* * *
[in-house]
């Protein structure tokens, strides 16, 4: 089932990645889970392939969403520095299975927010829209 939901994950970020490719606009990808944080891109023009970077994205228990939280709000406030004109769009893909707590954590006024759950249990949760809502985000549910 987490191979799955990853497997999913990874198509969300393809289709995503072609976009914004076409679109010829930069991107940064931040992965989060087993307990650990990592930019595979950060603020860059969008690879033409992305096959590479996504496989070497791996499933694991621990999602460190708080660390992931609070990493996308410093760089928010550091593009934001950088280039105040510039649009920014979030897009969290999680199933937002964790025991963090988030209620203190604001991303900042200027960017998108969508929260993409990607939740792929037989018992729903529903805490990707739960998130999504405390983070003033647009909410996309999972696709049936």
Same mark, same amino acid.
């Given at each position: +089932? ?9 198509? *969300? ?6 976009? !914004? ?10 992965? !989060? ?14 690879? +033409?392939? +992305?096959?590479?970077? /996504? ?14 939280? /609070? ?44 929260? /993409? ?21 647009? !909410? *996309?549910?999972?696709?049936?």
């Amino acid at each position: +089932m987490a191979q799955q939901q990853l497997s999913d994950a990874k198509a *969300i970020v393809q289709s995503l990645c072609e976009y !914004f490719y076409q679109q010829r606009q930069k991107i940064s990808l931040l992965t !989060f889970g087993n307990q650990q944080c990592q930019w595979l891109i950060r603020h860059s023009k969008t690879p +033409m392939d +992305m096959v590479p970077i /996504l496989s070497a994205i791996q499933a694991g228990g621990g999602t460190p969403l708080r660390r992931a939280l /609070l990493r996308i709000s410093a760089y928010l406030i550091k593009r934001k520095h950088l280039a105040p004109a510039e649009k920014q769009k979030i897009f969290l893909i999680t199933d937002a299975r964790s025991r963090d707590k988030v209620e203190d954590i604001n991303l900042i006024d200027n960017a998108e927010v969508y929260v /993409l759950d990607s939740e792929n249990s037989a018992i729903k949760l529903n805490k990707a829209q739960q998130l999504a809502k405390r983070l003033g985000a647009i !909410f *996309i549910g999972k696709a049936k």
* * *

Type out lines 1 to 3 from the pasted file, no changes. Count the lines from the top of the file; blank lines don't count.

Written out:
[in-house]
């Protein structure tokens, strides 16, 4: 089932990645889970392939969403520095299975927010829209 939901994950970020490719606009990808944080891109023009970077994205228990939280709000406030004109769009893909707590954590006024759950249990949760809502985000549910 987490191979799955990853497997999913990874198509969300393809289709995503072609976009914004076409679109010829930069991107940064931040992965989060087993307990650990990592930019595979950060603020860059969008690879033409992305096959590479996504496989070497791996499933694991621990999602460190708080660390992931609070990493996308410093760089928010550091593009934001950088280039105040510039649009920014979030897009969290999680199933937002964790025991963090988030209620203190604001991303900042200027960017998108969508929260993409990607939740792929037989018992729903529903805490990707739960998130999504405390983070003033647009909410996309999972696709049936």
Same mark, same amino acid.